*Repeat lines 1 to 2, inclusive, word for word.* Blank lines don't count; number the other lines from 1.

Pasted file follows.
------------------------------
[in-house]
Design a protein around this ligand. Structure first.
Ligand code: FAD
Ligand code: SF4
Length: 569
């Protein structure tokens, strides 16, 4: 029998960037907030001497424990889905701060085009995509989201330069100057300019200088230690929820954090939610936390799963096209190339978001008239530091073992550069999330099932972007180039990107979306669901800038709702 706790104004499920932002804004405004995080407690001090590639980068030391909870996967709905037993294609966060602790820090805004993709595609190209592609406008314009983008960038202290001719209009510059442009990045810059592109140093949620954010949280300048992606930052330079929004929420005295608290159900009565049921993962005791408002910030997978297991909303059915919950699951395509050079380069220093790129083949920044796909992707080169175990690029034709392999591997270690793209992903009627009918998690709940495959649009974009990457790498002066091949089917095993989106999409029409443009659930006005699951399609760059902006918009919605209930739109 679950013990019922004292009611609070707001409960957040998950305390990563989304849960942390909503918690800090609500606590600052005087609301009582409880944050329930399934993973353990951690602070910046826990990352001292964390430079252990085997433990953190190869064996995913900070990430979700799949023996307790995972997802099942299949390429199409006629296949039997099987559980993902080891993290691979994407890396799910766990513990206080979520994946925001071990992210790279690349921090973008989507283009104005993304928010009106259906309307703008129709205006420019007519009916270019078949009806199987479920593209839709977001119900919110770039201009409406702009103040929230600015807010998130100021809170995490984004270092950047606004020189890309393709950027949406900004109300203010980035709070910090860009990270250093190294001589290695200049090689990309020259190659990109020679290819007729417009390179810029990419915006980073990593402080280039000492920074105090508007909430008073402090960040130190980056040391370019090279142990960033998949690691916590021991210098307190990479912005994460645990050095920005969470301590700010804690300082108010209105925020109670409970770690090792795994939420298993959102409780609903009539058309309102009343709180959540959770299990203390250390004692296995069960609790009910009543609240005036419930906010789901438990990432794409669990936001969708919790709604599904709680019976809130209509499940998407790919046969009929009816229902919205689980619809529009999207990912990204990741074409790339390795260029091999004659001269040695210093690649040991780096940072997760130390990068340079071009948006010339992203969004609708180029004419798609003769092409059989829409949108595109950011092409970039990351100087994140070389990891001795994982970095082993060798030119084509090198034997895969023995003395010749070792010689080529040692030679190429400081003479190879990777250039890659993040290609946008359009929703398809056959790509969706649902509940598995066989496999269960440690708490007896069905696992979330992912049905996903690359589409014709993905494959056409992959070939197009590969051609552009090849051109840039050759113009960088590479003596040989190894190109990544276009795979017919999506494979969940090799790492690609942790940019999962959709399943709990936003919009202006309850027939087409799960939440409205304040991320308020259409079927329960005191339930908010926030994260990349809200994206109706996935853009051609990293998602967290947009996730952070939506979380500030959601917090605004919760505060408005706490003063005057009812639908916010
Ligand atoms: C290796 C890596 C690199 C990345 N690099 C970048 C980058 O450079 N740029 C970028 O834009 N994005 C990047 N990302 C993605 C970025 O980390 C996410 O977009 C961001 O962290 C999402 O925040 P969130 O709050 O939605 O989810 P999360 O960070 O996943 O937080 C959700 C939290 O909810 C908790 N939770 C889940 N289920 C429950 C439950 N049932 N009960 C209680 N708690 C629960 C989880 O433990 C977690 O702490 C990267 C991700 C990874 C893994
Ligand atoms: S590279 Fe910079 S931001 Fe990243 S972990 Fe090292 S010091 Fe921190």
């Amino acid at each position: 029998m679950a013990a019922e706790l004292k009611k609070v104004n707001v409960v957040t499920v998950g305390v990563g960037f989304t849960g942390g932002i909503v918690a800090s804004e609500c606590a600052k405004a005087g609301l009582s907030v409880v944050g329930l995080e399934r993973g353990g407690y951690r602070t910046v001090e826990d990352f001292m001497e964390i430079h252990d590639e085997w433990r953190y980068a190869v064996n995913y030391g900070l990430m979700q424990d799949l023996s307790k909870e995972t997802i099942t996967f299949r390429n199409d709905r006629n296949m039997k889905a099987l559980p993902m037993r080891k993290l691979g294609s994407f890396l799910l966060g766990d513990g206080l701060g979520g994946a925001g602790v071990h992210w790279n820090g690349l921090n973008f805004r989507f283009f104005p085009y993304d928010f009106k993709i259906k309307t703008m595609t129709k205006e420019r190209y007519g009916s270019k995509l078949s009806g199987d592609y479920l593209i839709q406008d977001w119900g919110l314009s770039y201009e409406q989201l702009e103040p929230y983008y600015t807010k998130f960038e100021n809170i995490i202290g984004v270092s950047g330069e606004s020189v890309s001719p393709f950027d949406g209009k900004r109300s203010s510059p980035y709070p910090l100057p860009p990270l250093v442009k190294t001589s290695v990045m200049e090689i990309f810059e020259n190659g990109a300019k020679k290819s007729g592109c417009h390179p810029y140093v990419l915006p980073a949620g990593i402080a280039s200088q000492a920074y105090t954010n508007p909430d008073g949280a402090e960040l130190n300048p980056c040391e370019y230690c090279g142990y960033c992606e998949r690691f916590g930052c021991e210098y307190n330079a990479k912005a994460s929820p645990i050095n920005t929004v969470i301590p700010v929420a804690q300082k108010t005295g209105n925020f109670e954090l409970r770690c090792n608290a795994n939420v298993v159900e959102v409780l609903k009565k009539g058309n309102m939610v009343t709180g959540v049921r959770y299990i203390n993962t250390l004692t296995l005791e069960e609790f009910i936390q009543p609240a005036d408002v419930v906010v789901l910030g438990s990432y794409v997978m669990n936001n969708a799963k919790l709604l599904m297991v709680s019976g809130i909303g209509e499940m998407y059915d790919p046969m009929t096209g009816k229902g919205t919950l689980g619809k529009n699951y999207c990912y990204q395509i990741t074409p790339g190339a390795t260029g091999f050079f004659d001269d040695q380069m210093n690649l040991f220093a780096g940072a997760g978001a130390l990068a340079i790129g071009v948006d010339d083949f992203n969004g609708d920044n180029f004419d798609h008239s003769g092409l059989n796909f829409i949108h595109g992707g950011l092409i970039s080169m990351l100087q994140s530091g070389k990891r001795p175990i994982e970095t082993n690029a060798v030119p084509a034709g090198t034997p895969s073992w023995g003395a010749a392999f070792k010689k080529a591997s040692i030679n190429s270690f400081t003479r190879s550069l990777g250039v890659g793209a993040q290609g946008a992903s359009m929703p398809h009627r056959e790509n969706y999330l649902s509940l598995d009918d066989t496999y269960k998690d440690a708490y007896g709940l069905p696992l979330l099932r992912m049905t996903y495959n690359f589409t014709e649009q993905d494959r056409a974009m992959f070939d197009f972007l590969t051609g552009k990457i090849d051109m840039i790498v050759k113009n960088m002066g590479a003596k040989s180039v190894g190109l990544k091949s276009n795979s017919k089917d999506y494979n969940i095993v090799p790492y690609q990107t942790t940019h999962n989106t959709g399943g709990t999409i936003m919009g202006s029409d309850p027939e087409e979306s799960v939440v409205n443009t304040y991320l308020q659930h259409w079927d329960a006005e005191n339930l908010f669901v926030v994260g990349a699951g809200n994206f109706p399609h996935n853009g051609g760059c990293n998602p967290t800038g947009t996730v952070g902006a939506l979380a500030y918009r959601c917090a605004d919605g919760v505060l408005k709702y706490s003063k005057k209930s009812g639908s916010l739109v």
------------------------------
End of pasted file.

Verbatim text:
[in-house]
Design a protein around this ligand. Structure first.